High Score (Netflix documentary)

Discussion in 'Gaming' started by Nerroth, Aug 20, 2020.

  1. Nerroth

    Nerroth Commodore Commodore

    Nov 21, 2004
    Ontario, Canada

    Netflix recently uploaded a 6-part documentary series about the early-to-mid history of the video game industry*, called High Score.

    Has anyone here seen it, or intends to?

    *or, at least, as it was in Japan and North America - there's not a lot of European content in the series, alas.
    Jax likes this.
  2. FPAlpha

    FPAlpha Vice Admiral Admiral

    Nov 7, 2004
    Mannheim, Germany
    I've seen it and it was really great, also part because i knew (and had) quite a few of these games as i grew up in the 80s and early 90s (born 75) and had an Atari 2600 and later on moved to PC gaming.

    It was such a cool memory trip down the lane, especially when the episode came around where networked gaming was starting to come up and they had Doom as the example. I remember back in school when we turned 18 so we could write our absence excuses ourselves for "missing" class and didn't have to rely on our parents that this conversation happened at least once per week "You going to class? No? Wanna play Doom?"

    We had a computer lab with a network and someone brought Doom and that was it - even the teachers were amazed about LAN gaming back in the day (not that hard as some of us knew way more about computers than our teachers did).

    For all videogamers this is definitely worth checking out.
  3. Jax

    Jax Admiral Admiral

    Jun 21, 2003
    A Dimension with no Cake!
    I saw it recently and enjoyed it. I would love to see future seasons as their is much more to explore within the gaming community.
  4. Maurice

    Maurice Fact Trekker Premium Member

    Oct 17, 2005
    One ferry ride from Starfleet HQ
    I watched part 1, about the Atari era. Having worked in that biz I personally knew three of the interview subjects.

    As I tweeted...

    Episode #1 of Netflix's High Score is an entertaining if simplistic overview of a chunk of video game history that IMHO leans too hard into the popular subjects at the expense of the bigger picture. Fun but fairly thin. Admittedly it’s hard to get into the weeds in a single episode, but there’s really no sense of how big the biz got before the crash. A few throwaway lines or images would have cost nothing and provided some sorely missed perspective.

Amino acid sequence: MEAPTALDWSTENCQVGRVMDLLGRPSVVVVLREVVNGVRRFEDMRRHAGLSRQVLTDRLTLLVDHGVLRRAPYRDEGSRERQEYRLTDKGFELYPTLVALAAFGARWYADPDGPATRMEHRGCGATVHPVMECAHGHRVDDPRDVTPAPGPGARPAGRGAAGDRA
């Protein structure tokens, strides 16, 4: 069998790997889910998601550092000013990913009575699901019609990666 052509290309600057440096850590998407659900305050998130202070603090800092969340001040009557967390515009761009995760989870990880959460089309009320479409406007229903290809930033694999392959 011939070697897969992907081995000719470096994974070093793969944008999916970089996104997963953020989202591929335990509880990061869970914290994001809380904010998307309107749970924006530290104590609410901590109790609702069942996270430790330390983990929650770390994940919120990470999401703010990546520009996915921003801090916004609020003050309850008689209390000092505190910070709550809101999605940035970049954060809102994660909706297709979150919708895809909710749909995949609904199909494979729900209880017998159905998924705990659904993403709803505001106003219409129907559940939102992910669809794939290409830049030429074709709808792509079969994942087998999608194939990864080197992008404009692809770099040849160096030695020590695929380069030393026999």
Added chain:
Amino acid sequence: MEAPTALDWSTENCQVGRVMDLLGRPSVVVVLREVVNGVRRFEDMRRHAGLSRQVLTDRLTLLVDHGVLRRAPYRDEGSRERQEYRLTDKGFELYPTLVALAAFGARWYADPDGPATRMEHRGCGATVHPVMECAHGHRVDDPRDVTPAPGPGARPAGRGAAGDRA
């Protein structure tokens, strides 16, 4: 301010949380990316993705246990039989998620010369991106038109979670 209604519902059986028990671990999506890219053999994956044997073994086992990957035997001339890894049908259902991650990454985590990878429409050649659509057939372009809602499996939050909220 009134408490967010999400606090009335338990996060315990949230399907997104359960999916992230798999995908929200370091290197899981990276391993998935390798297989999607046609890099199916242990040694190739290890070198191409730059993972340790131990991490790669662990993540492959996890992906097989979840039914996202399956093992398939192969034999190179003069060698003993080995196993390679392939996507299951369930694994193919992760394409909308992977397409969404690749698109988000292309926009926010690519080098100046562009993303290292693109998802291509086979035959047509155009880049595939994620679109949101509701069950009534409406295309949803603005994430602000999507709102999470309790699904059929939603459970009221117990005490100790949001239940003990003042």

Big kudos to the program for putting a long overdue spotlight on the late Jerry Lawson for pioneering the use of interchangeable cartridges on a game console (i.e. Channel F), extending its lifespan.

    Howard Scott Warshaw is always a delight. His E.T. travails get a fun discussion here, but the program’s angle doesn’t give you a sense of just how clever Howard is and just why he was cocky enough to think he could pull off the impossible.

    MM & HSW.JPG
    Me and Howard a few years back

    Also super happy to see @burgerbecky(Rebecca Heineman) talking about how gaming positively affected her youth, and her experiences as a player provided a nice contrast to the POVs of the then pros in the biz (whose ranks she eventually joined).

    Also great to see Toru Iwatani-san. He once explained how PAC-MAN works to me over a sake-fueled sushi dinner. There’s a lot more to PAC-MAN’s inspiration than a pizza, though, but shows like this always “Print the Legend.”

    Iwatani & MM.jpg
    Iwatani and me back in 2005

    (FYI: GCC’s Ms. PAC-MAN ghost logic change is to randomize the “rest state” targets, which is enough to make repeatable patterns impossible, but in attack mode the ghosts still run their original chase logic...which is pure original PAC-MAN. I should know...I had to do two depostions on Ms. PAC-MAN during an arbitration between GCC and Namco.)

    I'll probably watch more episodes today. I understand Ken and Roberta Williams are coming up. In 1988 Roberta offered me a job in person. I foolishly did not say yes.